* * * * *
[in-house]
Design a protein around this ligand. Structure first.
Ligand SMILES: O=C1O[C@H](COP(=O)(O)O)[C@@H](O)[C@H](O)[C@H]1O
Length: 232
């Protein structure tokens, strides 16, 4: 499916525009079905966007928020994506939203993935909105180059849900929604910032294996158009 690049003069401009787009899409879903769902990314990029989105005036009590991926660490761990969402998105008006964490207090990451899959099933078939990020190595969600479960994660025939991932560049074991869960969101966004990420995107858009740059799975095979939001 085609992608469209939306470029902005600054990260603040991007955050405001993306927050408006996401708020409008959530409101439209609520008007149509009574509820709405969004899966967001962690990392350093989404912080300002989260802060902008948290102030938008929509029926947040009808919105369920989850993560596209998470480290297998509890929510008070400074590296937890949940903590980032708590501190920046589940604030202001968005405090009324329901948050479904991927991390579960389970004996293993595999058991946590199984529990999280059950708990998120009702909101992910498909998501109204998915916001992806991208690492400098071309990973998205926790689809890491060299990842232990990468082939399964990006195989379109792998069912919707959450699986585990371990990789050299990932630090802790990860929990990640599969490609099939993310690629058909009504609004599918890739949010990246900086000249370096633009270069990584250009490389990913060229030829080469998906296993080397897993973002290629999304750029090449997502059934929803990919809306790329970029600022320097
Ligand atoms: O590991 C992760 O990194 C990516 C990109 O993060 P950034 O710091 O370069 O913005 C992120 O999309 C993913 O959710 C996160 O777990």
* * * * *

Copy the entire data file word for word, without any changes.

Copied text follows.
[in-house]
Design a protein around this ligand. Structure first.
Ligand SMILES: O=C1O[C@H](COP(=O)(O)O)[C@@H](O)[C@H](O)[C@H]1O
Length: 232
């Protein structure tokens, strides 16, 4: 499916525009079905966007928020994506939203993935909105180059849900929604910032294996158009 690049003069401009787009899409879903769902990314990029989105005036009590991926660490761990969402998105008006964490207090990451899959099933078939990020190595969600479960994660025939991932560049074991869960969101966004990420995107858009740059799975095979939001 085609992608469209939306470029902005600054990260603040991007955050405001993306927050408006996401708020409008959530409101439209609520008007149509009574509820709405969004899966967001962690990392350093989404912080300002989260802060902008948290102030938008929509029926947040009808919105369920989850993560596209998470480290297998509890929510008070400074590296937890949940903590980032708590501190920046589940604030202001968005405090009324329901948050479904991927991390579960389970004996293993595999058991946590199984529990999280059950708990998120009702909101992910498909998501109204998915916001992806991208690492400098071309990973998205926790689809890491060299990842232990990468082939399964990006195989379109792998069912919707959450699986585990371990990789050299990932630090802790990860929990990640599969490609099939993310690629058909009504609004599918890739949010990246900086000249370096633009270069990584250009490389990913060229030829080469998906296993080397897993973002290629999304750029090449997502059934929803990919809306790329970029600022320097
Ligand atoms: O590991 C992760 O990194 C990516 C990109 O993060 P950034 O710091 O370069 O913005 C992120 O999309 C993913 O959710 C996160 O777990």